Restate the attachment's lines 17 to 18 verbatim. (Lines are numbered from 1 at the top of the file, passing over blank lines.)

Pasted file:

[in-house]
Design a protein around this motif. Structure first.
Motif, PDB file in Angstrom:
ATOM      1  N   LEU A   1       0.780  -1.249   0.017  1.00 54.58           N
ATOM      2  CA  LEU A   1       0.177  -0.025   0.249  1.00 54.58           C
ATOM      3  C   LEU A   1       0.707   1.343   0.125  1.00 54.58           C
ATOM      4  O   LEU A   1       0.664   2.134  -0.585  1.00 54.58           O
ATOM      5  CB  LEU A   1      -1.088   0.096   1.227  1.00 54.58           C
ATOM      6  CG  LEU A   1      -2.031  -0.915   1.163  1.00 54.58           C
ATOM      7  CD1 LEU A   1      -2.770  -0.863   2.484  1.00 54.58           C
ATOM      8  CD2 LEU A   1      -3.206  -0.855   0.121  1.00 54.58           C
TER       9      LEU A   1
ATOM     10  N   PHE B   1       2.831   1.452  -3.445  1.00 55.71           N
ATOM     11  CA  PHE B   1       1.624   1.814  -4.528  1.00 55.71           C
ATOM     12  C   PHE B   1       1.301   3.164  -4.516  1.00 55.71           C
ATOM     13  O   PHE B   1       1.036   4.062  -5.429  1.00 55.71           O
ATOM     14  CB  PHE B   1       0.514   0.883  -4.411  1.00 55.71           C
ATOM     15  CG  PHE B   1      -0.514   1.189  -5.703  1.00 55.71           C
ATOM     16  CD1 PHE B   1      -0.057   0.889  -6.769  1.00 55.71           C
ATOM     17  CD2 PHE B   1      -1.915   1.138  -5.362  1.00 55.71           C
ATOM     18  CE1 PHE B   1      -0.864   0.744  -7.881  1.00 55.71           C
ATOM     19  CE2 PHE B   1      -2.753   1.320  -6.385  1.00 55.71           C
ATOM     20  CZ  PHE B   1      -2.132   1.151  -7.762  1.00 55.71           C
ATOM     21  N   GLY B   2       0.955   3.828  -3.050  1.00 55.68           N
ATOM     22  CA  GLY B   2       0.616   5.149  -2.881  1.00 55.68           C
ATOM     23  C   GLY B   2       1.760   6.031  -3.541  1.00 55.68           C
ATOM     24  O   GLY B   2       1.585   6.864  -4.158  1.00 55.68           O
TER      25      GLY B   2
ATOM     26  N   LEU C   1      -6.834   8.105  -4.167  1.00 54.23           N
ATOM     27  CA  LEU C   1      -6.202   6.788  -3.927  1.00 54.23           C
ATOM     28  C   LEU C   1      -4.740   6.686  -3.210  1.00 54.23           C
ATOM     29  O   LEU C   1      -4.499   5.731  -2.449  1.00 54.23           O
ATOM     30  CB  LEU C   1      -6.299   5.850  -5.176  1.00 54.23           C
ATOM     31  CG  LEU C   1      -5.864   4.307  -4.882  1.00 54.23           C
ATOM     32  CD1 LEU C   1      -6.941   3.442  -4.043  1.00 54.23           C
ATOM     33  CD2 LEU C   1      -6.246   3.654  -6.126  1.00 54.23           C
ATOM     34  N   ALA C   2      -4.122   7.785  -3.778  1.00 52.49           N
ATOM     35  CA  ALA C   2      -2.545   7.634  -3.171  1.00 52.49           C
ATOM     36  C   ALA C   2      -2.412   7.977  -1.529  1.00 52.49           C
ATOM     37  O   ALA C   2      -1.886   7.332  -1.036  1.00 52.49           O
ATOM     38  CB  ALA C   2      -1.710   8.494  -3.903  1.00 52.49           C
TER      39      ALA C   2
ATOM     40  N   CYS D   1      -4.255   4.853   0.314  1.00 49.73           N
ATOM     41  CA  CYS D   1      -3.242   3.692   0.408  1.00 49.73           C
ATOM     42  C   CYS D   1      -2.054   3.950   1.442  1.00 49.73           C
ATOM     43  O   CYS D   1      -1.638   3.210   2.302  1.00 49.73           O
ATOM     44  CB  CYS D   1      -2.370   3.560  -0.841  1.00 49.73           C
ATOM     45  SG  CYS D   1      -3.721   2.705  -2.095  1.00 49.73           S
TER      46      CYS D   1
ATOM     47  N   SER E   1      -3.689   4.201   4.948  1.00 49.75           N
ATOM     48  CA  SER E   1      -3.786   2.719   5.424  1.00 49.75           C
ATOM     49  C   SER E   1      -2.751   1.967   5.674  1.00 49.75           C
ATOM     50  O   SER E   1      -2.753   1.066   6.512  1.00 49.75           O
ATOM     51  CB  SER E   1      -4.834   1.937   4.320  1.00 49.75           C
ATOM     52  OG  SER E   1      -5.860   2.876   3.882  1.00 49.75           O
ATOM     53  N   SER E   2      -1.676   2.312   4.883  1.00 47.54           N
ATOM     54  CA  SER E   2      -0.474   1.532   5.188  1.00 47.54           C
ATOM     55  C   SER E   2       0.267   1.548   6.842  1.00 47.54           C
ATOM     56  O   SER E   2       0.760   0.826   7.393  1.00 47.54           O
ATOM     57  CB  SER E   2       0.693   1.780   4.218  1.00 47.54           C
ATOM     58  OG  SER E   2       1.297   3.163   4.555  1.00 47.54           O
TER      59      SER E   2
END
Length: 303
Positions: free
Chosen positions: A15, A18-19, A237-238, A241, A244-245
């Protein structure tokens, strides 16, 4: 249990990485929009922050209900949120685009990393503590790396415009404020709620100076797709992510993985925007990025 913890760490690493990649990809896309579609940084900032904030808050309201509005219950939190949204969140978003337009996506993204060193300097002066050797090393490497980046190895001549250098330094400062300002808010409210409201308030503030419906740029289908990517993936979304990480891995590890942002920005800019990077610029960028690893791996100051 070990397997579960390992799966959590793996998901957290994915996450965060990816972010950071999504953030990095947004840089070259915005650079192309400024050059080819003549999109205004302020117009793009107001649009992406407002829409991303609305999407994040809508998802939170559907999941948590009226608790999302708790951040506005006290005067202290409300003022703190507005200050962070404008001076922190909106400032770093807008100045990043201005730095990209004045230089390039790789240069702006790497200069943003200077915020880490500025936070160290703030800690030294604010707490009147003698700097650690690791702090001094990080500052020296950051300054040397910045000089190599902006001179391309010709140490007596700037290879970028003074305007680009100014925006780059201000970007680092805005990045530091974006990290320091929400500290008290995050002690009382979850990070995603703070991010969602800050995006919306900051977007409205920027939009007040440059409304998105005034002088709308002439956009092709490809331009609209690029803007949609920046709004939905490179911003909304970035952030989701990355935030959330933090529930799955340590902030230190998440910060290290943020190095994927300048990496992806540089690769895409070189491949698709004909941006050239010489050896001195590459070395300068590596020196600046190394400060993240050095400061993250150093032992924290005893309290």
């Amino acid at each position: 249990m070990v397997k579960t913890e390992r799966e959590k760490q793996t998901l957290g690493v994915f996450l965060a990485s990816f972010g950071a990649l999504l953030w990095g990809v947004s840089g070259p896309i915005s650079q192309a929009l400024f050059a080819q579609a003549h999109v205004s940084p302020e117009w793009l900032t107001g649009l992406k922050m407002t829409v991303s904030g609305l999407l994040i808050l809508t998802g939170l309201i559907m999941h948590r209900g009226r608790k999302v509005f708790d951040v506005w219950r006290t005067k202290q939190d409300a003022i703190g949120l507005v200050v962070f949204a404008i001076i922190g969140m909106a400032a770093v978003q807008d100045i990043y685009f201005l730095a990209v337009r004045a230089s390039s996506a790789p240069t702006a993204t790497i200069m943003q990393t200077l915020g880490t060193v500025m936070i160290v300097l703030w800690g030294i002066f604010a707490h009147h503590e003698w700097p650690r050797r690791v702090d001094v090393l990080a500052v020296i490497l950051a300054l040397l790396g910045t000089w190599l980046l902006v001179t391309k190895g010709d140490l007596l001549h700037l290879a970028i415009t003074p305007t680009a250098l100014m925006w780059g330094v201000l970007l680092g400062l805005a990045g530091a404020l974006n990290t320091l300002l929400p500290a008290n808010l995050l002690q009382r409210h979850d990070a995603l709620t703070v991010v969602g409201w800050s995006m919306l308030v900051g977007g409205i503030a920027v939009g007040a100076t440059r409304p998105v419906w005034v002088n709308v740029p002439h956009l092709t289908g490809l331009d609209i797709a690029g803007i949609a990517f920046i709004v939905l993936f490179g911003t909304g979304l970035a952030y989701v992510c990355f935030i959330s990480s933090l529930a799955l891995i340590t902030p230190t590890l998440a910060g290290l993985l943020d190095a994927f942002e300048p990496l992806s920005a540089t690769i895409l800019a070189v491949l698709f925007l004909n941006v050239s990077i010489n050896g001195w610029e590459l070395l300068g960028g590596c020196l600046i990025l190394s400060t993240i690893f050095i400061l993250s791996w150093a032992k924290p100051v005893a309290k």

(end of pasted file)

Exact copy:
ATOM     14  CB  PHE B   1       0.514   0.883  -4.411  1.00 55.71           C
ATOM     15  CG  PHE B   1      -0.514   1.189  -5.703  1.00 55.71           C